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Monitoring genomic sequences during SELEX using high-throughput sequencing: neutral SELEX.

Zimmermann B, Gesell T, Chen D, Lorenz C, Schroeder R - PLoS ONE (2010)

Bottom Line: We compared these to sequences obtained from a Genomic SELEX experiment deriving from the same initial library, but screening for RNAs binding with high affinity to the E. coli regulator protein Hfq.In contrast, we detected substantial enrichment in the Hfq-selected set with enriched sequences having structural stability similar to the neutral sequences but with significantly different nucleotide selection.We conclude that Genomic SELEX, when combined with high-throughput sequencing of positively and neutrally selected pools, as well as the gnomic library, is a powerful method to identify genomic aptamers.

View Article: PubMed Central - PubMed

Affiliation: Max F Perutz Laboratories, Department of Biochemistry, University of Vienna, Vienna, Austria.

ABSTRACT

Background: SELEX is a well established in vitro selection tool to analyze the structure of ligand-binding nucleic acid sequences called aptamers. Genomic SELEX transforms SELEX into a tool to discover novel, genomically encoded RNA or DNA sequences binding a ligand of interest, called genomic aptamers. Concerns have been raised regarding requirements imposed on RNA sequences undergoing SELEX selection.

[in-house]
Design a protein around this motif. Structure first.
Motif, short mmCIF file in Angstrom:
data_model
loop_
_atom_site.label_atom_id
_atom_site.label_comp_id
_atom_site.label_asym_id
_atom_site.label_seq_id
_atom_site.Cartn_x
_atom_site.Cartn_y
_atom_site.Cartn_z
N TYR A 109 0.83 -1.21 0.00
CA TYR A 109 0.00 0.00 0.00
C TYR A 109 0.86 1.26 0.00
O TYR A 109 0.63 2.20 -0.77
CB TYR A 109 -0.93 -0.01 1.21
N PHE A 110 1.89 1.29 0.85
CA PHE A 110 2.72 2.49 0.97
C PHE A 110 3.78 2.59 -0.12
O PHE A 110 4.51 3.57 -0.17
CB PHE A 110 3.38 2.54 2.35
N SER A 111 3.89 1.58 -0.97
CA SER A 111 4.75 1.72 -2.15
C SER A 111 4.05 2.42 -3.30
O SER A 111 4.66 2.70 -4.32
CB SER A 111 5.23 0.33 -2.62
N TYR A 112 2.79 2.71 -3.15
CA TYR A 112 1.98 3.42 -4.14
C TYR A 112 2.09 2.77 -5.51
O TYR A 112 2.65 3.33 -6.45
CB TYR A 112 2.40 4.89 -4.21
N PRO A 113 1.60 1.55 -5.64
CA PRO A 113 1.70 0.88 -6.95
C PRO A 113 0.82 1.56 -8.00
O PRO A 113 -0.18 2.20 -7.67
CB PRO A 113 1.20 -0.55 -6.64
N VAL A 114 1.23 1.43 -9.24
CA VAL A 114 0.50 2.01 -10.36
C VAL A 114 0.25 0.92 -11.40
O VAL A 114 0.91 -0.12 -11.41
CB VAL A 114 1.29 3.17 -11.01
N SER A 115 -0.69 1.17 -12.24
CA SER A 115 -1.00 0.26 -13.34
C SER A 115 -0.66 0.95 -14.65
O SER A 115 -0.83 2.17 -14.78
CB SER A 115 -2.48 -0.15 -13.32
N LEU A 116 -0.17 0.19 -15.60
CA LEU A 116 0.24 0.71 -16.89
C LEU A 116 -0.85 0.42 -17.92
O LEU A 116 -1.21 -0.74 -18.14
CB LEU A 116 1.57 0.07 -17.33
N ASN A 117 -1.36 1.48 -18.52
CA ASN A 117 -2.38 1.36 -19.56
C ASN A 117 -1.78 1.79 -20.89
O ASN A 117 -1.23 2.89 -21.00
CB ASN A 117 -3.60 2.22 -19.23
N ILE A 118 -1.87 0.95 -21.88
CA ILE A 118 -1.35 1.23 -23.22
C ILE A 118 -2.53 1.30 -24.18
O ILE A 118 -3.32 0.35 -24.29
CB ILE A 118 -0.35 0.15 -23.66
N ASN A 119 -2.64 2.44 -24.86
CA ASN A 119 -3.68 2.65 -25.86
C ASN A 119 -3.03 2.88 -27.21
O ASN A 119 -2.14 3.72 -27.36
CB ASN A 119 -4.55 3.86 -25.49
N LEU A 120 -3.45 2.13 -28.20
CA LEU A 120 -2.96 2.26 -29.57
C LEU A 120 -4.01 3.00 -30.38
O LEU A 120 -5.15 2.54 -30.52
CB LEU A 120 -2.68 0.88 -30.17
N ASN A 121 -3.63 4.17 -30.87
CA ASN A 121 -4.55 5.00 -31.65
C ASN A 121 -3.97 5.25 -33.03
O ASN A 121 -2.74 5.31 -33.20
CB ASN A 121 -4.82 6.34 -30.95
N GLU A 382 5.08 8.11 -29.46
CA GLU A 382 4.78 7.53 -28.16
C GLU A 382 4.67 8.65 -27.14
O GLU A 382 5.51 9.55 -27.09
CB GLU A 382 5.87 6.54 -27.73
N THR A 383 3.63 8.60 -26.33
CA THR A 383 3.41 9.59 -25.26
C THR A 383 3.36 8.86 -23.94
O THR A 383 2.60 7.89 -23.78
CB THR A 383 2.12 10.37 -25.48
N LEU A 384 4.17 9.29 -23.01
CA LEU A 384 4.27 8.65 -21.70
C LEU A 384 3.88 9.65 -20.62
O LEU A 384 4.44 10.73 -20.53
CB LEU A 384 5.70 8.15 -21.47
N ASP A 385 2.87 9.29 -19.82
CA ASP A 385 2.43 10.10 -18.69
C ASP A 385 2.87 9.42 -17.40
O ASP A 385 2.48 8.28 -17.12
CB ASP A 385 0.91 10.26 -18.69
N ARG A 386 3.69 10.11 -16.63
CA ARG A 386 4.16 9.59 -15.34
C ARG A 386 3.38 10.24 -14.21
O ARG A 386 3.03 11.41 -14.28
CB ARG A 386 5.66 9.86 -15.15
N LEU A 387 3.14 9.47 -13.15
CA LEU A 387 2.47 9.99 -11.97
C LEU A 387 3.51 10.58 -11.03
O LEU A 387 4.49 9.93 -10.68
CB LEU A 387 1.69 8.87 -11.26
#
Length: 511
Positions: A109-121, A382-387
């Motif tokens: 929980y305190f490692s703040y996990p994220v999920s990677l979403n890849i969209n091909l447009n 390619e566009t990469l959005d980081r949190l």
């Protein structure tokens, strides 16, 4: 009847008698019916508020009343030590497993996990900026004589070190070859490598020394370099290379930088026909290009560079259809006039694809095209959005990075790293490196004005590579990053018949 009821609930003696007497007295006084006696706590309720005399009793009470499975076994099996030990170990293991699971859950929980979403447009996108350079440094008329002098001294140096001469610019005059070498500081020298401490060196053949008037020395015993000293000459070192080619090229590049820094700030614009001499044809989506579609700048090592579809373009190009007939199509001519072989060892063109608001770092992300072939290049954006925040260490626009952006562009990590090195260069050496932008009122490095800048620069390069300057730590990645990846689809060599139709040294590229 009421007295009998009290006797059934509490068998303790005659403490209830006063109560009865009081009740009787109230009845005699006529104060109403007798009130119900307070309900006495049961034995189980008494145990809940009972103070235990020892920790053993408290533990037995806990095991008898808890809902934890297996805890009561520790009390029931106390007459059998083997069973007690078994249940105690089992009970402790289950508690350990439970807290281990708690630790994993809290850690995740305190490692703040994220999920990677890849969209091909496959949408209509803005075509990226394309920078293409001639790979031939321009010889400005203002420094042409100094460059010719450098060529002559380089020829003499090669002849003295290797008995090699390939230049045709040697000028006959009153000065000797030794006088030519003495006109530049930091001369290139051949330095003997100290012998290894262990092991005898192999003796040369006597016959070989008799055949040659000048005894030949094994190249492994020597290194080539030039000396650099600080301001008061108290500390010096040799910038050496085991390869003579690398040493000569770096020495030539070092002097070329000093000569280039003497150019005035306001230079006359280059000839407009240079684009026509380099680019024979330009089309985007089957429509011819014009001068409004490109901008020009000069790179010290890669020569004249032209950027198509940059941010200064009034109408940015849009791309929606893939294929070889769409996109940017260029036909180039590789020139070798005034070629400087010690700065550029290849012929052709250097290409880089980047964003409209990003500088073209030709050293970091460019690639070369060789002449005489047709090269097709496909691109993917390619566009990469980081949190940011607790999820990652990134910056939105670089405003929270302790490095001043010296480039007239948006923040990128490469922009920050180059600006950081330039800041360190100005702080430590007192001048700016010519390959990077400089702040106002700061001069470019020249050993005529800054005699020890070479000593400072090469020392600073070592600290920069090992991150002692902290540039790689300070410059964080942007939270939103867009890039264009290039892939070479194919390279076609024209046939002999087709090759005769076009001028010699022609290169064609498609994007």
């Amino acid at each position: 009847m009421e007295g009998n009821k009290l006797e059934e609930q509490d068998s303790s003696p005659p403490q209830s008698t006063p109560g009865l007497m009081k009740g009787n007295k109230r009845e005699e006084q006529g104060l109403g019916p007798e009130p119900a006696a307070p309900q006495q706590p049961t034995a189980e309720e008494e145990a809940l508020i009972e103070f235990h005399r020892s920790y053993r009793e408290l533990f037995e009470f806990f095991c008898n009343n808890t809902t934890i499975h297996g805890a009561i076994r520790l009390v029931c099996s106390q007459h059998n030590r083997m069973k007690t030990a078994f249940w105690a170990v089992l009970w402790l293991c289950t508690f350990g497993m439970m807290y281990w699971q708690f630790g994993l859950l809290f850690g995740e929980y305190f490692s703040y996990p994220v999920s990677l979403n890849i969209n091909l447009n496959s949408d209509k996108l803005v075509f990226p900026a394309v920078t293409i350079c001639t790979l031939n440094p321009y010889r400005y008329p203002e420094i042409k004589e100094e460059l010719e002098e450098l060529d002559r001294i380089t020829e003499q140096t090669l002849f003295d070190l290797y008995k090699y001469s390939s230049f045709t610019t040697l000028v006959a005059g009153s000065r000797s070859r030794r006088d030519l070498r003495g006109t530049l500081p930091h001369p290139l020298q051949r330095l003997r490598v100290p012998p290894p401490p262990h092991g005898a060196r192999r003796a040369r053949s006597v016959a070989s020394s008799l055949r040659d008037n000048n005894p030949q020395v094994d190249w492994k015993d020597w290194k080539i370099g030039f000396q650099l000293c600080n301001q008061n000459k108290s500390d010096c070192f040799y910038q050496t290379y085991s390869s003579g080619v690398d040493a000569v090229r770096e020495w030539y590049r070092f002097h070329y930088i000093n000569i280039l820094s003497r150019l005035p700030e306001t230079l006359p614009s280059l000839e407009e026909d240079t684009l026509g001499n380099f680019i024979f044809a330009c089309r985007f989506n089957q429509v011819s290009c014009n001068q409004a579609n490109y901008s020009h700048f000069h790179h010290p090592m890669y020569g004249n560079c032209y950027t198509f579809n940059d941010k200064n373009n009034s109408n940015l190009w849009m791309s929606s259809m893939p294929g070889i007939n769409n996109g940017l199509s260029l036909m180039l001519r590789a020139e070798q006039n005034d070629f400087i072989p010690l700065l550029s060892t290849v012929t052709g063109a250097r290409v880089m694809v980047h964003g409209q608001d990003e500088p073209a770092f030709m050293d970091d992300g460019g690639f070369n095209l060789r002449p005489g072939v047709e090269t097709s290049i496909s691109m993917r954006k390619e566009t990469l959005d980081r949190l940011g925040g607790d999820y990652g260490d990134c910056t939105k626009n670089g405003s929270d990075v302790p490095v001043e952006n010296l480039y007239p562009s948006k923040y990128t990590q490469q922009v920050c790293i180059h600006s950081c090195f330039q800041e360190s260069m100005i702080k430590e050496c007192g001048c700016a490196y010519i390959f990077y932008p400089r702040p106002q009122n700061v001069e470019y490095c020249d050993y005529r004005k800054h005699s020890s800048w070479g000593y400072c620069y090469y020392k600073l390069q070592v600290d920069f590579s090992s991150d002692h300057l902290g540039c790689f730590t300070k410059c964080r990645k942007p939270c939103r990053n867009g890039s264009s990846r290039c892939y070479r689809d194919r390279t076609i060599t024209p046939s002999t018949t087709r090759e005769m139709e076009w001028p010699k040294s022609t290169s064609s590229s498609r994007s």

Methodology/principal findings: To evaluate SELEX and assess the extent of these effects, we designed and performed a Neutral SELEX experiment omitting the selection step, such that the sequences are under the sole selective pressure of SELEX's amplification steps. Using high-throughput sequencing, we obtained thousands of full-length sequences from the initial genomic library and the pools after each of the 10 rounds of Neutral SELEX. We compared these to sequences obtained from a Genomic SELEX experiment deriving from the same initial library, but screening for RNAs binding with high affinity to the E. coli regulator protein Hfq. With each round of Neutral SELEX, sequences became less stable and changed in nucleotide content, but no sequences were enriched. In contrast, we detected substantial enrichment in the Hfq-selected set with enriched sequences having structural stability similar to the neutral sequences but with significantly different nucleotide selection.

Conclusions/significance: Our data indicate that positive selection in SELEX acts independently of the neutral selective requirements imposed on the sequences. We conclude that Genomic SELEX, when combined with high-throughput sequencing of positively and neutrally selected pools, as well as the gnomic library, is a powerful method to identify genomic aptamers.

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Enrichment effects on positively selected sequences.(A) Enrichment level plotted against Z-scores. Sequences selected by Genomic SELEX for Hfq were clustered if the best alignment shows mutual identity ≥85%. The cluster size is shown along the x-axis, and the Z-score of the sequence along the y-axis. The sequences were binned into cluster size ranges of 10, and the boxes represent the distribution of Z-scores within the range of cluster sizes. The boxes cover the 25%–75% range of the data, the line within the box is the median and the whiskers indicate 1.5× the interquartile range. If enrichment were dependent on a high Z-score, we would expect to see an increase in the median Z-score as cluster sizes increase, however this is not the case. In fact, the Z-score of any given sequence appears to vary nearly as much with enriched sequences as with unenriched sequences. (B) As a control, we plotted the same analysis with round 9 of Neutral SELEX, showing that enrichment is a signal of the positive selection of sequences.